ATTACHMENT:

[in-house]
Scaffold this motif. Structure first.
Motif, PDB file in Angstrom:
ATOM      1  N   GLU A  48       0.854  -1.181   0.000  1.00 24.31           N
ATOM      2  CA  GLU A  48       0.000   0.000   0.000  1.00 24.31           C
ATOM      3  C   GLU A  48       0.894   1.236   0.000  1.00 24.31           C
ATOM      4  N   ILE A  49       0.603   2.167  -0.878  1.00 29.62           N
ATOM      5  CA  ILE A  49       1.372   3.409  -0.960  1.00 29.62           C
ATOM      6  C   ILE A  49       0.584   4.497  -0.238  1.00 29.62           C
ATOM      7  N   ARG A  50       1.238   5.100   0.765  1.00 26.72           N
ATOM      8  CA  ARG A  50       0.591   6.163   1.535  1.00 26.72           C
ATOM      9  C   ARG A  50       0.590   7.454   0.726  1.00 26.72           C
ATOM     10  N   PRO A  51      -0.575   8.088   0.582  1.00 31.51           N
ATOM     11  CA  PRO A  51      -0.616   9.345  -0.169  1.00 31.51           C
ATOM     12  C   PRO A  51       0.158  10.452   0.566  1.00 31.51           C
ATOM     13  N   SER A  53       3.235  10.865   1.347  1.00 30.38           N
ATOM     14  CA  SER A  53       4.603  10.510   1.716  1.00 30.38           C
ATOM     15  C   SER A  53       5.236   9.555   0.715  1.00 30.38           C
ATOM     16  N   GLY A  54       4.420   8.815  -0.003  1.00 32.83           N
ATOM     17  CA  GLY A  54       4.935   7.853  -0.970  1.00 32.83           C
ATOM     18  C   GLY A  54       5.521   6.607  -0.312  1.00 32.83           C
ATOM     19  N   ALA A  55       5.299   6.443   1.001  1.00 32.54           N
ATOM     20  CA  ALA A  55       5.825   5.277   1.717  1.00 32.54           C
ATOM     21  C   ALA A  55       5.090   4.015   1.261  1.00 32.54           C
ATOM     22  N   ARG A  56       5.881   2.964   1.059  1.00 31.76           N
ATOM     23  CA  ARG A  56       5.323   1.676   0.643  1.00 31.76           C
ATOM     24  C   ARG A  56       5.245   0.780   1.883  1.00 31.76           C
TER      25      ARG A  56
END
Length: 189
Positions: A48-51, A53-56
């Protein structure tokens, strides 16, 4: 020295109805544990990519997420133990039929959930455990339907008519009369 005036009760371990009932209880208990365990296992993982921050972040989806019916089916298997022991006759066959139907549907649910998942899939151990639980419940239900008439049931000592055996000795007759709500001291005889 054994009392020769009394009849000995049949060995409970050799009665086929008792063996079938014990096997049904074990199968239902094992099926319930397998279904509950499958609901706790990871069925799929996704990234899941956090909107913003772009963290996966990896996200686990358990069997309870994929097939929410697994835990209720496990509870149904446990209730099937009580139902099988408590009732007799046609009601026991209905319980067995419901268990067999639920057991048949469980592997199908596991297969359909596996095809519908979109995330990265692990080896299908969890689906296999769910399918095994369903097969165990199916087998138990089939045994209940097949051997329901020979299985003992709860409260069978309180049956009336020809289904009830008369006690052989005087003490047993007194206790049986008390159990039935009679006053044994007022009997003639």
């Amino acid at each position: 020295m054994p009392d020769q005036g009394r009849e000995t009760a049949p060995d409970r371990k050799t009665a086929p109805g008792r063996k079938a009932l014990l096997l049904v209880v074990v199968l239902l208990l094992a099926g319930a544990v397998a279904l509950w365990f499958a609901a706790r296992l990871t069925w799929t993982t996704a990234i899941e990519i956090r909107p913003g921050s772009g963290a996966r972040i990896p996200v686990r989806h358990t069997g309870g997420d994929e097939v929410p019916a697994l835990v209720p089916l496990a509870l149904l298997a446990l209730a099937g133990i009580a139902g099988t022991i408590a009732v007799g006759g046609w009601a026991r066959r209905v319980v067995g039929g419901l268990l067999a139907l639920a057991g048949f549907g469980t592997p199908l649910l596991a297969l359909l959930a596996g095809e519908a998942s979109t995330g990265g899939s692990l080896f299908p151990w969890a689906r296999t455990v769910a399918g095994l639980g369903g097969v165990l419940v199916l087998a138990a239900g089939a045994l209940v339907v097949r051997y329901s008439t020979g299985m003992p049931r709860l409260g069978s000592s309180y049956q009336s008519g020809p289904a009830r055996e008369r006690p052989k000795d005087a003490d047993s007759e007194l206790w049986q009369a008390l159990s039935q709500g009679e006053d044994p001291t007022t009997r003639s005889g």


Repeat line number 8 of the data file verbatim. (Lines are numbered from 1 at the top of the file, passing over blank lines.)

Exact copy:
ATOM      5  CA  ILE A  49       1.372   3.409  -0.960  1.00 29.62           C